- Solo: A Star Wars Story
- Directed by: Ron Howard
- Written by: Jonathan Kasdan and Lawrence Kasdan
- Starring: Alden Ehrenreich, Woody Harrelson, Emilia Clarke and Donald Glover
- Classification: PG; 143 minutes
Early in Solo: A Star Wars Story, our hero is trapped in a noisy, dark and hopeless ground battle in which soldiers in heavy helmets crawl through gunfire to climb some insignificant hill hidden in the smoke. At this early juncture, those skeptical of Disney’s US$4-billion takeover of Lucasfilm may already be groaning: more Second World War references, more serious-minded reinterpretation for our times, more evidence of diminishing returns.
But Han Solo (Alden Ehrenreich) deserts the Imperial Army soon after and takes flight with a trio of colourful train robbers intent on diverting a shipment of some highly valuable fuel as it winds its way through high, snowy mountains.
The fourth Star Wars movie since Disney bought the franchise in 2012 and relaunched it with The Force Awakens in 2015, Solo is the simplest and most satisfying offering yet. A prequel that explains Han’s backstory, Solo is freed from all the genealogical complications and thematic grandeur of the sequel trilogy that Disney is now two-thirds through, and suffers none of the gloomy revisionism of Rogue One, a previous prequel movie released at Christmas in 2016. There’s no dark side here, no Jedi knights, no Force, just a solid adventure story about pirates, outlaws and rogues. The Star Wars franchise is always reaching for legend; the Solo episode is happily content with genre.
And that’s faithful to the character that Harrison Ford created so memorably in the first Star Wars movie, now known as A New Hope, back in 1977. The original Star Wars trilogy is a quest story about an aspiring knight and a noble lady, but Han is the lower-class character, the lovable bad boy always more at home flying his beat-up aircraft or sauntering into the Mos Eisley cantina than conferring with a Rebel Alliance war cabinet or accepting one of its medals. Of course, the sexual tension between him and Princess Leia was based on class.
But Solo is Han before Luke and Leia and any of their trappings: It tells the story of how he teamed up with Chewbacca (Joonas Suotamo takes on the hairy role), where he found the Millennium Falcon, and when he came across Lando Calrissian (a wickedly good Donald Glover enjoying himself immensely).
With a script by the father-and-son team of Lawrence and Jonathan Kasdan, the story reprises the old theme about honour – or lack thereof – among thieves. “Assume everyone is going to betray you and you wouldn’t be disappointed,” Woody Harrelson’s wiseacre tough guy, Beckett, tells Han, in one of the script’s more obvious lines. As Han travels to meet Beckett’s evil paymaster, Dryden Vos (Paul Bettany), and discovers that Qi’ra (Emilia Clarke), the sweet girl he left behind on a bad planet, has become Vos’s mistress, the story segues into a complicated series of crosses and double-crosses.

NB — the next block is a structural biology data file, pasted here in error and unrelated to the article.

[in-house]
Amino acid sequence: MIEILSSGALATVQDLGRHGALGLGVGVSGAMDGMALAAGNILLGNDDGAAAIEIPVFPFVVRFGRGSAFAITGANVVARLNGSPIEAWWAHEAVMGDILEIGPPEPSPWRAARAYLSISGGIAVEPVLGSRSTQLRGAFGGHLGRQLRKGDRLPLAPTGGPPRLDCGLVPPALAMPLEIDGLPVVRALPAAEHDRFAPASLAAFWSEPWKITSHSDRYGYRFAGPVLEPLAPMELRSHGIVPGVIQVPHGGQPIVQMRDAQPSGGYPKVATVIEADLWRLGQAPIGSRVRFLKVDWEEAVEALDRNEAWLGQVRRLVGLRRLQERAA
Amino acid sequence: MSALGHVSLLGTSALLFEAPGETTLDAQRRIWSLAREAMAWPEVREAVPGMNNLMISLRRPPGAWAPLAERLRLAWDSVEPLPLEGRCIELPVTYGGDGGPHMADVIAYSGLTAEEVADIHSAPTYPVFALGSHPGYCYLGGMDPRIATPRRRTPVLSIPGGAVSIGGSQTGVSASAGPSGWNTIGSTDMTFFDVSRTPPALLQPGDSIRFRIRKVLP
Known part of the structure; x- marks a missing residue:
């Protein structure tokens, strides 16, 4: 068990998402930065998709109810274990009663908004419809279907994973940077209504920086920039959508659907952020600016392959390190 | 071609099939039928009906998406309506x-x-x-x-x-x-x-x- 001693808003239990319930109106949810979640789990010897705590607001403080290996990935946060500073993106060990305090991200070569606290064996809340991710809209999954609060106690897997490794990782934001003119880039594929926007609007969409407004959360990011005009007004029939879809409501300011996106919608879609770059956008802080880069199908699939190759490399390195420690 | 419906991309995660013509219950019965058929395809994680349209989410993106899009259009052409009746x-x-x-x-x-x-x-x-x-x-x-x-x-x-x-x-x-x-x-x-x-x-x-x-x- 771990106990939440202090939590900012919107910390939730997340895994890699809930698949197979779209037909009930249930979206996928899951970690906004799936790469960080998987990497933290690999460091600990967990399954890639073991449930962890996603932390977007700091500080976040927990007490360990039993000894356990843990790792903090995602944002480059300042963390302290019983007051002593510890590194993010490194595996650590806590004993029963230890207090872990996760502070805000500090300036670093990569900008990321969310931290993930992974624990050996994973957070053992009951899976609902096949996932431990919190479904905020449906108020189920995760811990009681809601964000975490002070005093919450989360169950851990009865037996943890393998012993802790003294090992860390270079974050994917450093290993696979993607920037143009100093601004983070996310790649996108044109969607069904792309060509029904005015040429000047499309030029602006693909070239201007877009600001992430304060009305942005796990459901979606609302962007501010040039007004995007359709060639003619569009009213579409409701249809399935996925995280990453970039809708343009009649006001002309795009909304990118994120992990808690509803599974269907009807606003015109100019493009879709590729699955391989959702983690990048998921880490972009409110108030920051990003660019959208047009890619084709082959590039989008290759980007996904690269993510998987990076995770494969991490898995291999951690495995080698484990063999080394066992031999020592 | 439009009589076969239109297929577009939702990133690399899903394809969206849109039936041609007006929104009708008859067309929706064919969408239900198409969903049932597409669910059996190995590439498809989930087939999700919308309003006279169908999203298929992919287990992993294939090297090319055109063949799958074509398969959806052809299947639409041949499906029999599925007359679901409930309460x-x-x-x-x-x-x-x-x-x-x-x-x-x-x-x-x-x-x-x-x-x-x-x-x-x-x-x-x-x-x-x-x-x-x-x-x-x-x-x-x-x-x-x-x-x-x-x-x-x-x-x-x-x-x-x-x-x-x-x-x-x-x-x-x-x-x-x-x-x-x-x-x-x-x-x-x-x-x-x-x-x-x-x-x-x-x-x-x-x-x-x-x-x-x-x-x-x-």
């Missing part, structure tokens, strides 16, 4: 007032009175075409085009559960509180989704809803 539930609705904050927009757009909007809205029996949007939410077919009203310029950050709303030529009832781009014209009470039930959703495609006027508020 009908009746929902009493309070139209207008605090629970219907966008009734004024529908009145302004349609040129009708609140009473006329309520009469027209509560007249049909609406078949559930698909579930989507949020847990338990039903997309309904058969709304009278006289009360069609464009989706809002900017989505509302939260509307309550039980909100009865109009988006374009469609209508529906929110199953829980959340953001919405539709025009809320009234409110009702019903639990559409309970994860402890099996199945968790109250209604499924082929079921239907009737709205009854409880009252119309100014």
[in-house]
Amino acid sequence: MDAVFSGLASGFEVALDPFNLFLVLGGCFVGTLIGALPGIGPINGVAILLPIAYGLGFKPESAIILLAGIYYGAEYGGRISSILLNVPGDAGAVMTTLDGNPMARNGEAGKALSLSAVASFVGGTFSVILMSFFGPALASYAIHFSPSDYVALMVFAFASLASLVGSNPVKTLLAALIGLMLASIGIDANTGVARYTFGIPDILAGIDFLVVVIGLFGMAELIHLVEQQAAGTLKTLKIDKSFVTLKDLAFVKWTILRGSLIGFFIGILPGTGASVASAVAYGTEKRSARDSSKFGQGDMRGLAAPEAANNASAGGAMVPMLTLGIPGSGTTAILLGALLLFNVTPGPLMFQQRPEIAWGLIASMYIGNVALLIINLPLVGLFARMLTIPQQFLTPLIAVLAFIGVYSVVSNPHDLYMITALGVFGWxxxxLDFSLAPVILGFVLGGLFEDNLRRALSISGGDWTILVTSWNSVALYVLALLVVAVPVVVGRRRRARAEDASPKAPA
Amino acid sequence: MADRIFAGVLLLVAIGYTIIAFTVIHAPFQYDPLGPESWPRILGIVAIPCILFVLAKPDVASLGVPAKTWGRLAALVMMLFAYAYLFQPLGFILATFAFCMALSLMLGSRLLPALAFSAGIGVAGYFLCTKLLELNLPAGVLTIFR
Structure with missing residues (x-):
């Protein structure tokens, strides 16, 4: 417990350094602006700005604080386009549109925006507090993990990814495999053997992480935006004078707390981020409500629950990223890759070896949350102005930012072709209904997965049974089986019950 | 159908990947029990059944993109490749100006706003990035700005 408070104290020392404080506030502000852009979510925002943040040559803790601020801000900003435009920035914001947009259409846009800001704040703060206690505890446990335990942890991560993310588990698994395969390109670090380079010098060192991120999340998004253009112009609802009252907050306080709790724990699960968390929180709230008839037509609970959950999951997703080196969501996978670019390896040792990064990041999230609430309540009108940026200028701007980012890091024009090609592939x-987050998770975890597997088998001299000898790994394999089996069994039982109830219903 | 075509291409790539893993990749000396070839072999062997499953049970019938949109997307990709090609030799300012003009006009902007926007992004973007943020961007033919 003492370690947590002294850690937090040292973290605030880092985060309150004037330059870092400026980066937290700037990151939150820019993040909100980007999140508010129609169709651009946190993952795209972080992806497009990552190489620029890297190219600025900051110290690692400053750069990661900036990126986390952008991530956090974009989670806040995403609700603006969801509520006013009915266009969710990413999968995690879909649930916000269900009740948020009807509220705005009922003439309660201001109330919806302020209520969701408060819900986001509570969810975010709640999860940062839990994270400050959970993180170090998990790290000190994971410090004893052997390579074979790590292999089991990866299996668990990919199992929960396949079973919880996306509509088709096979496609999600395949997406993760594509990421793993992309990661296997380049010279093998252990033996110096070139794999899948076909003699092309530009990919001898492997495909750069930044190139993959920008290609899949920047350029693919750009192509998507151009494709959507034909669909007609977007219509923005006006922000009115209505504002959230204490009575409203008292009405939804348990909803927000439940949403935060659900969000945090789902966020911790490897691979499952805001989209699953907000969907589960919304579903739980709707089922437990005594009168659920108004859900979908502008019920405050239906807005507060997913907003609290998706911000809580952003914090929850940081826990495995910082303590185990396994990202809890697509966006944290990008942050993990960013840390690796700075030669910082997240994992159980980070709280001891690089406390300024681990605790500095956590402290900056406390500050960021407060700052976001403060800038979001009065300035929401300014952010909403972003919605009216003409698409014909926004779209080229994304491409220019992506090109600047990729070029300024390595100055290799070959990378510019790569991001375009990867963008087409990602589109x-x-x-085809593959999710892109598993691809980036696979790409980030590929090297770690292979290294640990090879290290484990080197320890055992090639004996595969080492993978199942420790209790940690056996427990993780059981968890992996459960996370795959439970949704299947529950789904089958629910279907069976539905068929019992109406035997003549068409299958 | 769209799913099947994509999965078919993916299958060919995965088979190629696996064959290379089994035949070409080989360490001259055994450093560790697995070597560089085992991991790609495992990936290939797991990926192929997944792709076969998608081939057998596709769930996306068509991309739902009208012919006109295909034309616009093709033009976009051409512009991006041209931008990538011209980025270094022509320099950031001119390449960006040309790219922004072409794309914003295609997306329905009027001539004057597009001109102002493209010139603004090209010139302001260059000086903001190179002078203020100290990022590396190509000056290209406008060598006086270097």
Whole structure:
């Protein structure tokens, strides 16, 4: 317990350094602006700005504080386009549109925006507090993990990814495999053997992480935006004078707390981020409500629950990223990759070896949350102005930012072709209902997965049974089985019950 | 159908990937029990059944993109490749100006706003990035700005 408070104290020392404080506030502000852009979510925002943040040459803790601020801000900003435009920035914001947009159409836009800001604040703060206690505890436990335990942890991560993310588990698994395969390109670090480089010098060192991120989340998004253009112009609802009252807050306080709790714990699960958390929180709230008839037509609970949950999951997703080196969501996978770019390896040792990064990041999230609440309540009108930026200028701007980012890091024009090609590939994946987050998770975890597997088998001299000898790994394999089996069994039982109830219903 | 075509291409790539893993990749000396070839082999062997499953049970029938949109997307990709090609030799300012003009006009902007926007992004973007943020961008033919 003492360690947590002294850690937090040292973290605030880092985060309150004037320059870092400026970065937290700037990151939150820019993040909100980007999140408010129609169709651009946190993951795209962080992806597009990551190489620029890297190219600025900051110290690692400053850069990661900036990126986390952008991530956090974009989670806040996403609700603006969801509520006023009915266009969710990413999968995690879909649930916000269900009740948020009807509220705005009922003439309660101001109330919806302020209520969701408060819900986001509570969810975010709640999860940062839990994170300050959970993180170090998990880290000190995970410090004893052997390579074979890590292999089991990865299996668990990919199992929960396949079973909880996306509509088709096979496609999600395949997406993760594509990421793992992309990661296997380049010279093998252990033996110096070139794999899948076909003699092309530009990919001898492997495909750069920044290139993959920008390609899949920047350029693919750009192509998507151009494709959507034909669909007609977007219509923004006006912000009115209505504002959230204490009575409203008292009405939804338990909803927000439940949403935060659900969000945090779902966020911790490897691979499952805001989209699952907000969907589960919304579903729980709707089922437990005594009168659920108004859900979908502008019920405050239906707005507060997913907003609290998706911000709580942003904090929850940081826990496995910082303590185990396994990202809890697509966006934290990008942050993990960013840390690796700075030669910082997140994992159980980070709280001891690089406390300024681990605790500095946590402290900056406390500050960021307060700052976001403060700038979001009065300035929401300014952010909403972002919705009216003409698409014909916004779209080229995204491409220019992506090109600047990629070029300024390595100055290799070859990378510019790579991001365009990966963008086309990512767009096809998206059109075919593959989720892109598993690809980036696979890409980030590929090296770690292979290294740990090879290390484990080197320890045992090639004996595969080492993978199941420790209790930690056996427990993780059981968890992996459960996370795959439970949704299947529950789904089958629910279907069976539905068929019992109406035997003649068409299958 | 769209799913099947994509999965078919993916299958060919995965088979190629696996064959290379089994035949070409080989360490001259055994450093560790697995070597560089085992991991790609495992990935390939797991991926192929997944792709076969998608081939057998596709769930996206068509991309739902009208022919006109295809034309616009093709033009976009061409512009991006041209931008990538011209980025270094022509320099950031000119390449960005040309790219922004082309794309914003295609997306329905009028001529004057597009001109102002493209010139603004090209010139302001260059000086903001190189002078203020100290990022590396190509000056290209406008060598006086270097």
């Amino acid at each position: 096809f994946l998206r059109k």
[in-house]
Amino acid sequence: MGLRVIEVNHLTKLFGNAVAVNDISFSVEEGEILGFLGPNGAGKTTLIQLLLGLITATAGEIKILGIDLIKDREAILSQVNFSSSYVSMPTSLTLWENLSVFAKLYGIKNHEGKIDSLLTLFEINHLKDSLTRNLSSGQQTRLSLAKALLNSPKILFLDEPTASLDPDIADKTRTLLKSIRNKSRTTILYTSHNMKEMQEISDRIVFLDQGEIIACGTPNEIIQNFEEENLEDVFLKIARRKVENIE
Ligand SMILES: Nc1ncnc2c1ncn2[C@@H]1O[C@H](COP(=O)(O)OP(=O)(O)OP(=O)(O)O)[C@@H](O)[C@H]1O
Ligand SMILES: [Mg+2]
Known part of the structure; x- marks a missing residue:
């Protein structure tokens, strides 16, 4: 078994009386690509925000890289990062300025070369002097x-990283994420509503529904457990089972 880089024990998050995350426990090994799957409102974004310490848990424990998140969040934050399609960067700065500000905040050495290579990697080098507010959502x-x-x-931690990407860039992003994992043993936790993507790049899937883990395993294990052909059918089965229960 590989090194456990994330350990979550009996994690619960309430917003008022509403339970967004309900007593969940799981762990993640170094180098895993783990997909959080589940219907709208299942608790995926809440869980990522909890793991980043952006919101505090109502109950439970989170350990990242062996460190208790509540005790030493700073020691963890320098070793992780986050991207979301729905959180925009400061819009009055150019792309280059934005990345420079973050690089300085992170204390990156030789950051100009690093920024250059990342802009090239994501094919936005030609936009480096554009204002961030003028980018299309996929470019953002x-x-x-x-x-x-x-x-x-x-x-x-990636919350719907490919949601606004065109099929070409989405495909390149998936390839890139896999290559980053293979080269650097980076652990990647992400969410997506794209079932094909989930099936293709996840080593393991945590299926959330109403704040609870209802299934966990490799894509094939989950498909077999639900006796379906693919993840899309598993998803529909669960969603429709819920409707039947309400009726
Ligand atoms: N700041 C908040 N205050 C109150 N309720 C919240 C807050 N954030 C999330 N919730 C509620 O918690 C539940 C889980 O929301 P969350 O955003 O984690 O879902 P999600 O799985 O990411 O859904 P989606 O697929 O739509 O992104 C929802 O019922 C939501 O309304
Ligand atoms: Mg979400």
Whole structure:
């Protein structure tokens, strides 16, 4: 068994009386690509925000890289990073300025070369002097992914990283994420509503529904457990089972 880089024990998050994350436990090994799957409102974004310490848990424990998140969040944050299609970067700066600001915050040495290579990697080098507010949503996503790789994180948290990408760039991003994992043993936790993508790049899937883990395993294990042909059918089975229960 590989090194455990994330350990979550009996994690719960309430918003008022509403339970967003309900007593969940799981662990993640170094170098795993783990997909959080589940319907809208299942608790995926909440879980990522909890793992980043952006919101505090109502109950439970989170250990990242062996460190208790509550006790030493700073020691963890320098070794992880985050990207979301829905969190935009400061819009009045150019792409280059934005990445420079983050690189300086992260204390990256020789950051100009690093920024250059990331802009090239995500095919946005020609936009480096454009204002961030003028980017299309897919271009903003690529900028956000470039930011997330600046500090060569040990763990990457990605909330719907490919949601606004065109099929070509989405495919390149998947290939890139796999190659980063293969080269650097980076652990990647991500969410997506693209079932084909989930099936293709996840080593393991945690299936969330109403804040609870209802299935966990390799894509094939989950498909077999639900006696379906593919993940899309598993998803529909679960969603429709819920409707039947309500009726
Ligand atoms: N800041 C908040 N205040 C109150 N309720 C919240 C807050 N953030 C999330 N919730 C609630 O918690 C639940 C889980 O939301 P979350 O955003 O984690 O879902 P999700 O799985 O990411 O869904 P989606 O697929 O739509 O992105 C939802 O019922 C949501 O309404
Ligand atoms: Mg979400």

Ron Howard, hired late in the day to take over the film from directors Phil Lord and Christopher Miller, calmly steers the famed Falcon through racing action, twisting plot and quippy dialogue: The industry press reports that Mr. Lord and Mr. Miller, best known for 21 Jump Street and Cloudy with a Chance of Meatballs, were too fond of improvising for the tastes of Lucasfilm president Kathleen Kennedy. Certainly, it is not Mr. Howard’s impression that is he directing comedy, even if there are enough one-liners and deadpan delivery to elevate the Kasdans’ otherwise workaday dialogue.
Still, the veteran director, who keeps the action chugging along at a satisfying pace, does have a light touch. One of the things that is attractive about Solo is the way in which its reinventions of the Star Wars staples feel cheerfully fresh rather than reverentially diminished. Need a funny droid and feeling a bit tired of the English butler or the cute cylinder? Okay, this one is tall, female and angry; gleefully voiced by Phoebe Waller-Bridge, L3-37 just happens to be planning a droid rebellion. Need a friendly new species or two? The scrappy four-armed pilot Rio, with a friendly nasal voice provided by Jon Favreau, offers charm without layering on cuteness.
And after all those ice-cold Star Wars villains, Mr. Bettany’s Vos seems almost human, an unpredictable sociopath rather than the personification of evil. On the heroine front, on the other hand, Solo maintains Disney’s strong conviction that what the franchise really needs are firm British women in the lead: as the reclaimed Qi’ra, Ms. Clarke pulls off the sweet inscrutability crucial to playing a complicated figure.
One of the difficulties with Solo is that, as you and I both know, none of these characters is going to hang around long because it’s only Han and Chewbacca who can meet Luke and Leia. Certainly, the film suffers from at least one too many sorrowful death scenes and a couple of false endings before it can leave Han free and clear. In that role, Mr. Ehrenreich is a softer, sillier version of the cocksure Han than the one Mr. Ford created 41 years ago, but then the character is younger and the final developments in Solo should certainly provide some hardening material.
In the meantime, the heavy Star Wars legacy sits lightly on Mr. Ehrenreich’s shoulders in a Disney-Lucasfilm movie that is finally having fun.
Solo: A Star Wars Story opens May 25, with select evening screenings May 24.